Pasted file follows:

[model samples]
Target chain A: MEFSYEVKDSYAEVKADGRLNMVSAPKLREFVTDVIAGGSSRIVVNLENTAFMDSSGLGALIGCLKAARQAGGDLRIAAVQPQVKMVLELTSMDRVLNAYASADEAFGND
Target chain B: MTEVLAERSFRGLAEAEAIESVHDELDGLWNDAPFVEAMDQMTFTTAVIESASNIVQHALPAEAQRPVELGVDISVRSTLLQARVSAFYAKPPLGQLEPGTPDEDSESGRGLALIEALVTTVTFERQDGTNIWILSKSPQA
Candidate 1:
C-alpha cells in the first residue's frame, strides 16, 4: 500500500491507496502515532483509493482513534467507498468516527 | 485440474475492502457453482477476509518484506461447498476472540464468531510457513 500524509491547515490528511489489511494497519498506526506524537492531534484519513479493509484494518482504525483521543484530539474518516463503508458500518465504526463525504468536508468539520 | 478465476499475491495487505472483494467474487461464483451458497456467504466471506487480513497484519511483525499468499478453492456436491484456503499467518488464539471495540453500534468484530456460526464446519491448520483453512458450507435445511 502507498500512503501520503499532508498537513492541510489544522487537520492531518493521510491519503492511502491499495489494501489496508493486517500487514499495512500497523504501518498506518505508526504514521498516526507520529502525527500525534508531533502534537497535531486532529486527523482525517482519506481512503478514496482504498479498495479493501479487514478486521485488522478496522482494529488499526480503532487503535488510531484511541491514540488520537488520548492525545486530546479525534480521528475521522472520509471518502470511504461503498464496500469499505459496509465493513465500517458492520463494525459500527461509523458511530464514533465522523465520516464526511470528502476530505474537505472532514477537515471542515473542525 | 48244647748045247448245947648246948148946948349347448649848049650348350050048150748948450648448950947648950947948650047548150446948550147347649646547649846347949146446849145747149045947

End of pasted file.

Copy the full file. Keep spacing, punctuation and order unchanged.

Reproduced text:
[model samples]
Target chain A: MEFSYEVKDSYAEVKADGRLNMVSAPKLREFVTDVIAGGSSRIVVNLENTAFMDSSGLGALIGCLKAARQAGGDLRIAAVQPQVKMVLELTSMDRVLNAYASADEAFGND
Target chain B: MTEVLAERSFRGLAEAEAIESVHDELDGLWNDAPFVEAMDQMTFTTAVIESASNIVQHALPAEAQRPVELGVDISVRSTLLQARVSAFYAKPPLGQLEPGTPDEDSESGRGLALIEALVTTVTFERQDGTNIWILSKSPQA
Candidate 1:
C-alpha cells in the first residue's frame, strides 16, 4: 500500500491507496502515532483509493482513534467507498468516527 | 485440474475492502457453482477476509518484506461447498476472540464468531510457513 500524509491547515490528511489489511494497519498506526506524537492531534484519513479493509484494518482504525483521543484530539474518516463503508458500518465504526463525504468536508468539520 | 478465476499475491495487505472483494467474487461464483451458497456467504466471506487480513497484519511483525499468499478453492456436491484456503499467518488464539471495540453500534468484530456460526464446519491448520483453512458450507435445511 502507498500512503501520503499532508498537513492541510489544522487537520492531518493521510491519503492511502491499495489494501489496508493486517500487514499495512500497523504501518498506518505508526504514521498516526507520529502525527500525534508531533502534537497535531486532529486527523482525517482519506481512503478514496482504498479498495479493501479487514478486521485488522478496522482494529488499526480503532487503535488510531484511541491514540488520537488520548492525545486530546479525534480521528475521522472520509471518502470511504461503498464496500469499505459496509465493513465500517458492520463494525459500527461509523458511530464514533465522523465520516464526511470528502476530505474537505472532514477537515471542515473542525 | 48244647748045247448245947648246948148946948349347448649848049650348350050048150748948450648448950947648950947948650047548150446948550147347649646547649846347949146446849145747149045947